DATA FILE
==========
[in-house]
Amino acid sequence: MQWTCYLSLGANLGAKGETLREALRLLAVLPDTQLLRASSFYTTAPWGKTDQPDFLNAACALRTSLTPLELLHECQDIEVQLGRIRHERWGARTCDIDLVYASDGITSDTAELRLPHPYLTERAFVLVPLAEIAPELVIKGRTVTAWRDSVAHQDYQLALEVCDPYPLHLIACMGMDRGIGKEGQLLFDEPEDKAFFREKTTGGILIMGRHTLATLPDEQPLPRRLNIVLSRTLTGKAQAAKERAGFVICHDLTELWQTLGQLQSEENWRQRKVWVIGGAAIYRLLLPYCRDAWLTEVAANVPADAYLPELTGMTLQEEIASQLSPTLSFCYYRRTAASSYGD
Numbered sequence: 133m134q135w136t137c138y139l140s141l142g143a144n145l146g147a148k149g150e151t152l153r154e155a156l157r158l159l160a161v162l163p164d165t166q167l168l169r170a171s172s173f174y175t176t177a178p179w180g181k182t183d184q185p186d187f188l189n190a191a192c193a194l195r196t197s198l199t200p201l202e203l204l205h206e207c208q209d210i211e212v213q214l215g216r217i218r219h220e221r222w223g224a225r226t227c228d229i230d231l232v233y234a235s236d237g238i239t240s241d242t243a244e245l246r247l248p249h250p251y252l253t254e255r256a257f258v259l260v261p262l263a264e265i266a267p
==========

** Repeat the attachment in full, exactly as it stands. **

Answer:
[in-house]
Amino acid sequence: MQWTCYLSLGANLGAKGETLREALRLLAVLPDTQLLRASSFYTTAPWGKTDQPDFLNAACALRTSLTPLELLHECQDIEVQLGRIRHERWGARTCDIDLVYASDGITSDTAELRLPHPYLTERAFVLVPLAEIAPELVIKGRTVTAWRDSVAHQDYQLALEVCDPYPLHLIACMGMDRGIGKEGQLLFDEPEDKAFFREKTTGGILIMGRHTLATLPDEQPLPRRLNIVLSRTLTGKAQAAKERAGFVICHDLTELWQTLGQLQSEENWRQRKVWVIGGAAIYRLLLPYCRDAWLTEVAANVPADAYLPELTGMTLQEEIASQLSPTLSFCYYRRTAASSYGD
Numbered sequence: 133m134q135w136t137c138y139l140s141l142g143a144n145l146g147a148k149g150e151t152l153r154e155a156l157r158l159l160a161v162l163p164d165t166q167l168l169r170a171s172s173f174y175t176t177a178p179w180g181k182t183d184q185p186d187f188l189n190a191a192c193a194l195r196t197s198l199t200p201l202e203l204l205h206e207c208q209d210i211e212v213q214l215g216r217i218r219h220e221r222w223g224a225r226t227c228d229i230d231l232v233y234a235s236d237g238i239t240s241d242t243a244e245l246r247l248p249h250p251y252l253t254e255r256a257f258v259l260v261p262l263a264e265i266a267p